Canadian Tariffs


Tariff Determination

Importers must provide CBSA with a detailed description of goods (based on information from the supplier), including the ten-digit HS code, value and origin. CBSA will help determine the rates of duty based on the appropriate valuation method, classification and tariff treatment. Duties are applied at the border and usually paid in person by the Canadian importer or a customs broker representative.

Rates of Duty

Tariff rates are outlined by HS code in the Customs Tariff schedule. The rate of duty for goods depends on the Canadian tariff treatment in relation to the country of origin, which can be affected by the origin of raw materials and components. There are generally four types of preferential tariff treatments:



Duty-Free and Quota-Free Imports

Under the Market Access Initiative (MAI), Canada has eliminated duties and quotas on goods imported from over 100 developing countries (GPT) and 49 least developed countries (LDCT). The only goods excluded are raw and unprocessed dairy, poultry and eggs. Trade flows from eligible countries have increased significantly since the Market Access Initiative began over ten years ago. Ability to claim benefits under GPT and LDCT is determined by Rules of Origin based on what percentage of the product and its inputs were produced in an eligible country. Goods must also be shipped directly to Canada from the eligible country and be accompanied by a Certificate of Origin. For more information, refer to CBSA guidance on the Market Access Initiative.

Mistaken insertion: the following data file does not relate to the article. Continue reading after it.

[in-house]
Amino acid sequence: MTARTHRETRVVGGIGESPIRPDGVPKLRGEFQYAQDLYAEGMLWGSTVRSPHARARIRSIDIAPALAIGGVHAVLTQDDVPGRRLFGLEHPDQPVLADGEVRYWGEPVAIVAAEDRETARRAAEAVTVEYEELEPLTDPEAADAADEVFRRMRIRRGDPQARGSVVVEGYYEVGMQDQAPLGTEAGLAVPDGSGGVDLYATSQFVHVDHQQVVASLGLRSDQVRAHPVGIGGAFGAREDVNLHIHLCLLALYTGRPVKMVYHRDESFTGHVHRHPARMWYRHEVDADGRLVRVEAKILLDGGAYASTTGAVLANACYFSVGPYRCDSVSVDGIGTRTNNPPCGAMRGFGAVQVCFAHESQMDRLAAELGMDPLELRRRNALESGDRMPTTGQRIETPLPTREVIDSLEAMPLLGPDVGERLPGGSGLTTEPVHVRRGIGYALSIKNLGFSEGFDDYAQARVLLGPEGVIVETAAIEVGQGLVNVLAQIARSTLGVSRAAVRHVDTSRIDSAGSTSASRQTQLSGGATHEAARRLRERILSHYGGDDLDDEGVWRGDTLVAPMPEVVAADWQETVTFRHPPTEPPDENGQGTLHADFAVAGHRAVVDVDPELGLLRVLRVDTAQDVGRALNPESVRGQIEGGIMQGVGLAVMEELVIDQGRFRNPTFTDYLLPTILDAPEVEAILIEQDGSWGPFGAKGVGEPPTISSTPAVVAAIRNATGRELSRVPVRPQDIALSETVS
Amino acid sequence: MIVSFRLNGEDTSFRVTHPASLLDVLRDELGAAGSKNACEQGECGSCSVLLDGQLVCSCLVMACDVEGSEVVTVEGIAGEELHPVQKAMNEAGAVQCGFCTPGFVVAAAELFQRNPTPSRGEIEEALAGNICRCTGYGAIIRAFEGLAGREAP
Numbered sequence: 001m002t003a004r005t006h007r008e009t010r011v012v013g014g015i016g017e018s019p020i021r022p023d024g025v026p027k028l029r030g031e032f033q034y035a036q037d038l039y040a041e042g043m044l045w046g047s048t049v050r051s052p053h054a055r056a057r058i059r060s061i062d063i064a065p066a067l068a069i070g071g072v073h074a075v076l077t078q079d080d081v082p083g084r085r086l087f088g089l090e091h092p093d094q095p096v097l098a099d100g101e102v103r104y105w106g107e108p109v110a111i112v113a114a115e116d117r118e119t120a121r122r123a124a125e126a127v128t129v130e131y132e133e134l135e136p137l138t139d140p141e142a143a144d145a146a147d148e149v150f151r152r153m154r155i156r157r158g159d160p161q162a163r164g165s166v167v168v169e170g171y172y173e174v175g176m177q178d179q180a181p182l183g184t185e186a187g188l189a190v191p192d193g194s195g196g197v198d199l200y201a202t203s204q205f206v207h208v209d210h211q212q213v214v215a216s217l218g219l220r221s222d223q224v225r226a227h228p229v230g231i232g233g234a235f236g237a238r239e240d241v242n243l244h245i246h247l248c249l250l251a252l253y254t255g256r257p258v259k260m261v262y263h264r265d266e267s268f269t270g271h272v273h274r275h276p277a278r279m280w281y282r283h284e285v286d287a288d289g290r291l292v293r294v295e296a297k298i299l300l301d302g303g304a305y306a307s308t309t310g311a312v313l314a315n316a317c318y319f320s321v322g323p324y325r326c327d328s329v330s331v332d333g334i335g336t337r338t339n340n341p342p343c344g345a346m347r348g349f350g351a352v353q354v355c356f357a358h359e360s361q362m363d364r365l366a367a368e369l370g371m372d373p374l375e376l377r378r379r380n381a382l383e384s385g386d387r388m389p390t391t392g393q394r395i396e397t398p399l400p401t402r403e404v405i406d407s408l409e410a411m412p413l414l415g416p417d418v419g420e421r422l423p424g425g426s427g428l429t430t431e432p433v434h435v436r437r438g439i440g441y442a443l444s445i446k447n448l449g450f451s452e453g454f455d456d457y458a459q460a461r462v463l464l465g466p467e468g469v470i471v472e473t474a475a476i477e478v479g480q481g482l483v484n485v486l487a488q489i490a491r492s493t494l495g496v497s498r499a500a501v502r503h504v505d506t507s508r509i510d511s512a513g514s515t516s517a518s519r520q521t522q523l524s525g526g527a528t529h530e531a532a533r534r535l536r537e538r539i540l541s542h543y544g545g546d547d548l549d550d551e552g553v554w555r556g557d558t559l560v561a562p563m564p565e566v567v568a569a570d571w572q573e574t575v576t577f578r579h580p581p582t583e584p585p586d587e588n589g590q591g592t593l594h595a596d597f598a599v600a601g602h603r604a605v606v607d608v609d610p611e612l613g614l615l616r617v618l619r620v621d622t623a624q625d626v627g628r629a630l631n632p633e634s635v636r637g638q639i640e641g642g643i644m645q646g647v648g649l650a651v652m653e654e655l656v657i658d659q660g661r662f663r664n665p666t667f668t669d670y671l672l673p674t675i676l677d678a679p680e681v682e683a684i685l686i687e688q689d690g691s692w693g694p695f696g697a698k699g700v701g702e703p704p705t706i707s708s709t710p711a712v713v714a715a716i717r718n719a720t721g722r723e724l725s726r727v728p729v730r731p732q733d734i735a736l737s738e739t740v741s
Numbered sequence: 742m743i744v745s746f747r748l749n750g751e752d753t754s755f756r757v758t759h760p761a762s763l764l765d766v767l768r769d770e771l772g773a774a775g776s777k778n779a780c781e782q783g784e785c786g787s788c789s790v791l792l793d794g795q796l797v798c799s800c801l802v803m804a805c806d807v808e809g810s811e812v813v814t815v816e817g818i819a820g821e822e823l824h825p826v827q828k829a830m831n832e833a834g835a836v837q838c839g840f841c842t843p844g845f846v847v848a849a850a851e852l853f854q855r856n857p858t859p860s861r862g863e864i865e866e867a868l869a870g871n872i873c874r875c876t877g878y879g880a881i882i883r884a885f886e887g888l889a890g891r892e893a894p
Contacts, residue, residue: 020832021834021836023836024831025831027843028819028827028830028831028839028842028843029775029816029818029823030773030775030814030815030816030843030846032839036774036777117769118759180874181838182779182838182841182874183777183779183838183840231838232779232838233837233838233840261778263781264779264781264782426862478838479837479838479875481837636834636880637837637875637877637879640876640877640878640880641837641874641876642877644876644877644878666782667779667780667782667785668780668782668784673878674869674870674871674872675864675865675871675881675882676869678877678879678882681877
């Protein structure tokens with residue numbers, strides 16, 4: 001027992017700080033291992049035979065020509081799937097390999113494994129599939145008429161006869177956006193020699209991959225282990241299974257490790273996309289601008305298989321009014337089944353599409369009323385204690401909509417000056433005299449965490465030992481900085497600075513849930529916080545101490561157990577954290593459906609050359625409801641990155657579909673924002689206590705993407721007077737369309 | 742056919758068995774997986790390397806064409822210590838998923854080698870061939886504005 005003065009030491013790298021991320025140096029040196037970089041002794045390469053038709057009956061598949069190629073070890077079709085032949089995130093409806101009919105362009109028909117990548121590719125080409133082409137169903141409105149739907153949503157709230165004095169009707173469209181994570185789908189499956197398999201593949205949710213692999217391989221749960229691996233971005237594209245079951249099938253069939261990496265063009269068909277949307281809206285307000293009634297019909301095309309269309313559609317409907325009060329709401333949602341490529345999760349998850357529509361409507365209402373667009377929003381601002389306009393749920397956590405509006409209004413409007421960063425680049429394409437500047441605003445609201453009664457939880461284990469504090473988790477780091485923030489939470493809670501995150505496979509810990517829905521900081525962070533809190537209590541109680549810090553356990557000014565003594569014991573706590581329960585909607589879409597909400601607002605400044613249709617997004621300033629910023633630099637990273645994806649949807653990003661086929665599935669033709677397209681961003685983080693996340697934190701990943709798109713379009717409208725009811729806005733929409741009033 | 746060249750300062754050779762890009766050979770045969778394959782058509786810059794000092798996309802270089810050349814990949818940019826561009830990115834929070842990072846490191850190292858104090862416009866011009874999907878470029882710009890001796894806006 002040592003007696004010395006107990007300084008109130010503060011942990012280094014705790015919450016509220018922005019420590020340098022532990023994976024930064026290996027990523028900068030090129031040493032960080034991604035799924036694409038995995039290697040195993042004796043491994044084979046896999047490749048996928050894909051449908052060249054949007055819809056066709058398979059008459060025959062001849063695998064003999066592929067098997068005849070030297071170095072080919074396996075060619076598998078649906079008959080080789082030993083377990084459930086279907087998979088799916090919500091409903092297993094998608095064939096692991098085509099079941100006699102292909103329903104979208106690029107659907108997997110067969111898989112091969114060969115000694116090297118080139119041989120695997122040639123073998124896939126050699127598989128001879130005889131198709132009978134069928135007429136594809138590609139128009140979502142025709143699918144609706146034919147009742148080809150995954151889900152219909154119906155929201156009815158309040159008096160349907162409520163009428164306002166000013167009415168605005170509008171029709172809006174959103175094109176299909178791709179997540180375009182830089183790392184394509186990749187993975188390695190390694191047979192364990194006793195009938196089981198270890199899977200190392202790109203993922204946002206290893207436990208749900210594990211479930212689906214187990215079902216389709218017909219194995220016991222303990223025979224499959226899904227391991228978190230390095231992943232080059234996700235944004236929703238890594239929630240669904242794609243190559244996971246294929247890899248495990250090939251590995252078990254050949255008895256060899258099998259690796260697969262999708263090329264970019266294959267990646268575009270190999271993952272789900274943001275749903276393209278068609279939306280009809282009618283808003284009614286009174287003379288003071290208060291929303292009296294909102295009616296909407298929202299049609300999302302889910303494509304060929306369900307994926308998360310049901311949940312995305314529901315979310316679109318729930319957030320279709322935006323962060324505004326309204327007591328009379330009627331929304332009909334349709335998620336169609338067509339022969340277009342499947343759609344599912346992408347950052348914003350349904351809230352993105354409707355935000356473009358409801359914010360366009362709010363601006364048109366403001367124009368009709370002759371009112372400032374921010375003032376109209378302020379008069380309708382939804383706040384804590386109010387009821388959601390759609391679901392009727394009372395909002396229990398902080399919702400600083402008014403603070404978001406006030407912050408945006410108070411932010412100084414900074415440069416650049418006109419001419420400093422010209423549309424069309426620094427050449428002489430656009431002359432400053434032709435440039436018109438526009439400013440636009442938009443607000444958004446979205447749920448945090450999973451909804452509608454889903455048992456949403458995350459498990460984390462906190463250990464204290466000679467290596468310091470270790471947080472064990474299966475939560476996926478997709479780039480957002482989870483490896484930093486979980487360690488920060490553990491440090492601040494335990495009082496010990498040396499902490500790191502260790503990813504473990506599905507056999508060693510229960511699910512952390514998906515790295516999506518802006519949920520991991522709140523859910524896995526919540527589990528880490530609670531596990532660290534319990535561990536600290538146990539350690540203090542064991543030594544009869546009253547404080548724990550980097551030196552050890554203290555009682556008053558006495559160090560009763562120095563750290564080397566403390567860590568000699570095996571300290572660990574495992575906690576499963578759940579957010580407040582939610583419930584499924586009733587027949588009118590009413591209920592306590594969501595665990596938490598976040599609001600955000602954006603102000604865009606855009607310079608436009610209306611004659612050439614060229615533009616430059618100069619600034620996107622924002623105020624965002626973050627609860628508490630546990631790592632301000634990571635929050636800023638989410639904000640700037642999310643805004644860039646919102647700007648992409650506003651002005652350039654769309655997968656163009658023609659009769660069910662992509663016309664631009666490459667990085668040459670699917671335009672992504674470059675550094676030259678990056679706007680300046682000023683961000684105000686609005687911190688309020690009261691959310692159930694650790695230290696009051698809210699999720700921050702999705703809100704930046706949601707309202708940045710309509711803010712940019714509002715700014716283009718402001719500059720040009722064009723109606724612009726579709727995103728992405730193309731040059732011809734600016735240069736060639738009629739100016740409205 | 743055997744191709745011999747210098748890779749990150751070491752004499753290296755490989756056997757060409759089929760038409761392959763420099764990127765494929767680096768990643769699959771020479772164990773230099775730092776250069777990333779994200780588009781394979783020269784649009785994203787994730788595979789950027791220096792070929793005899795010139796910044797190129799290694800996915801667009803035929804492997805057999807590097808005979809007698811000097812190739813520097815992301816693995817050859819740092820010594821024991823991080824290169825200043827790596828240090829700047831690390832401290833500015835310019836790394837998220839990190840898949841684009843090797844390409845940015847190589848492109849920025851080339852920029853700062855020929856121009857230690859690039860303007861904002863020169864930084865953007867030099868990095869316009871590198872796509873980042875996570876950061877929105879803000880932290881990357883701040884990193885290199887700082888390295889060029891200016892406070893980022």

Eligible Countries: Consult CBSA’s List of Countries and Applicable Tariff Treatments to find out which tariff treatments are eligible for your country. When a country qualifies for multiple preferential tariffs, the lowest applicable tariff will apply.

On January 1, 2015, the GPT was withdrawn from 72 higher–income countries, whose goods must now enter under MFN status.

On March 13, 2015, the LDCT and GPT were extended to Burma (Myanmar).

Free Trade Agreements

Canada is party to several bilateral, multilateral, and regional Free Trade Agreements (FTAs). Exporters from a country that has an FTA with Canada benefit from reduced or eliminated tariff and non-tariff barriers to trade, which may make their product more competitive in Canada. Canada currently has eleven FTAs in force, covering 43 countries and more than half of the global economy. Since 2009, Canada has concluded seven new bilateral FTAs with Peru, Colombia, Jordan, Panama, Honduras, South Korea and most recently Ukraine. See the next page for a full list of FTAs in force or being negotiated.